High school graduation rates in Wyoming dropped for the fourth year in a row, according to data released Monday by the Wyoming Department of Education.
About 78 percent of Wyoming high school students graduated on time during the 2012 - 2013 school year, down from more than 80 percent four years ago.
In the same period, Laramie 1 school district in Cheyenne, the largest district in the state, saw its graduation rate fall from near 77 percent to below 72 percent.
Dr. Mark Stock is Superintendent in Laramie 1. He says the decline statewide is concerning, but that part of the reason for the decline is because school has become more challenging.
“People have to realize that all across Wyoming, the standards—from the old Wyoming standards—have been dramatically increased," Stock said. "The estimates we’ve seen [in Laramie 1] are that the average grade level has increased in difficulty by about a year and a half.”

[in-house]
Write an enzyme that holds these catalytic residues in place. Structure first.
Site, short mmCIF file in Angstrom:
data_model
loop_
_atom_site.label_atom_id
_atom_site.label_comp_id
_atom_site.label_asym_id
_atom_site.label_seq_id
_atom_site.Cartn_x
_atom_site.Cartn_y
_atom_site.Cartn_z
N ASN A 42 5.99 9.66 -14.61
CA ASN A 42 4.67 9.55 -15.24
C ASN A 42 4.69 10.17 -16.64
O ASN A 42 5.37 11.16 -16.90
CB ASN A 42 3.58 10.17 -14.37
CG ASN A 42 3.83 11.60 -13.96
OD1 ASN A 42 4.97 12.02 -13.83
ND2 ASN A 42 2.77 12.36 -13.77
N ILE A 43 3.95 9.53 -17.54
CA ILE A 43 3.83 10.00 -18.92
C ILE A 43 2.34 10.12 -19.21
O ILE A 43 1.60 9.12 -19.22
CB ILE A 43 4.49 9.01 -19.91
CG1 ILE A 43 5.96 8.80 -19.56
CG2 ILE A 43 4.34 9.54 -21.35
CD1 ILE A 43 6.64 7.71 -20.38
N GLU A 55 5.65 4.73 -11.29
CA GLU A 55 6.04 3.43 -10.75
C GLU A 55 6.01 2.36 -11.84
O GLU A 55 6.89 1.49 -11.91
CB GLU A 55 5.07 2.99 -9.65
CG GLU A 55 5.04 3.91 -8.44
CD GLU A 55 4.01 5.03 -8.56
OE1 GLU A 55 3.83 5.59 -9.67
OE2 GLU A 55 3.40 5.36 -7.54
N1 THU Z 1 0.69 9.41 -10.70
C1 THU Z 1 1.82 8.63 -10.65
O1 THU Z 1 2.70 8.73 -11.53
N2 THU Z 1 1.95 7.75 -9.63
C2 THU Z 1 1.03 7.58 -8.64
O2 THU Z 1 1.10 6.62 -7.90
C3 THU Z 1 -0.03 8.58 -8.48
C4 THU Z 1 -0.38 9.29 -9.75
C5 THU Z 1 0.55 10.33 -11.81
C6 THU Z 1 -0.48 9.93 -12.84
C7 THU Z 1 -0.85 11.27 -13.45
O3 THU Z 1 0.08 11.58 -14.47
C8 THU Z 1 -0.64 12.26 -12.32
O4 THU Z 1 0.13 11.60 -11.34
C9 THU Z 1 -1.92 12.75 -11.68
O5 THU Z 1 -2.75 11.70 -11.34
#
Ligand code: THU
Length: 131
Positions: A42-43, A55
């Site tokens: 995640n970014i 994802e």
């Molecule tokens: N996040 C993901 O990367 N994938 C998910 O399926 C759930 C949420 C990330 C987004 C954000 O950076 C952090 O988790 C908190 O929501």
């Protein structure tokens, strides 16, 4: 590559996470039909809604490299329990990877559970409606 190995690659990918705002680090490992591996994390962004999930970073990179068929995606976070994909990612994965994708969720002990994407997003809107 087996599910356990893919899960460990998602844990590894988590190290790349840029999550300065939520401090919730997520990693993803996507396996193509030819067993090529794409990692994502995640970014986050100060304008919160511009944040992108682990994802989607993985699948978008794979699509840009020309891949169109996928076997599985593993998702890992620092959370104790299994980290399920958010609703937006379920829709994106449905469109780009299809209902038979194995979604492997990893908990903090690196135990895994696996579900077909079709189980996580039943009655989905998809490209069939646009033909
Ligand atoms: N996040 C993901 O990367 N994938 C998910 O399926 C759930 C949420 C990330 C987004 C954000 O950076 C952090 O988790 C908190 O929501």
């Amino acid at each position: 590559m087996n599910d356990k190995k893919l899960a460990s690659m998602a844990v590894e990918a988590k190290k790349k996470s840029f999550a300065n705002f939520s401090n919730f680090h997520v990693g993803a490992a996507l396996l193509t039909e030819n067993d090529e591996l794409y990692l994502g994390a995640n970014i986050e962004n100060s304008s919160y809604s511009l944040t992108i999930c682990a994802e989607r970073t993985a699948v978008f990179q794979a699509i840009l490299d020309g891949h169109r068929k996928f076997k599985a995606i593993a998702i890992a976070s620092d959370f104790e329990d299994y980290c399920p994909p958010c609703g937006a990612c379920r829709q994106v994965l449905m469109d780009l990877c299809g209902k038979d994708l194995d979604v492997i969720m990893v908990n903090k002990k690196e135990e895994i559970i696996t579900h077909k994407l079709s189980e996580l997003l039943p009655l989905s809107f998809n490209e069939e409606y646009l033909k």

Stock also cautioned that these numbers fail to tell the full story.
“The inverse of the graduation rate is not the dropout rate," he said, echoing concerns voiced by State Superintendent of Public Instruction Cindy Hill--that the rates fail to account for students who graduate in more than four years, but don't drop out.
In a public statement accompanying the release of the WDE data, Hill emphasized that nearly 83 percent of Wyoming's students finished high school within six years.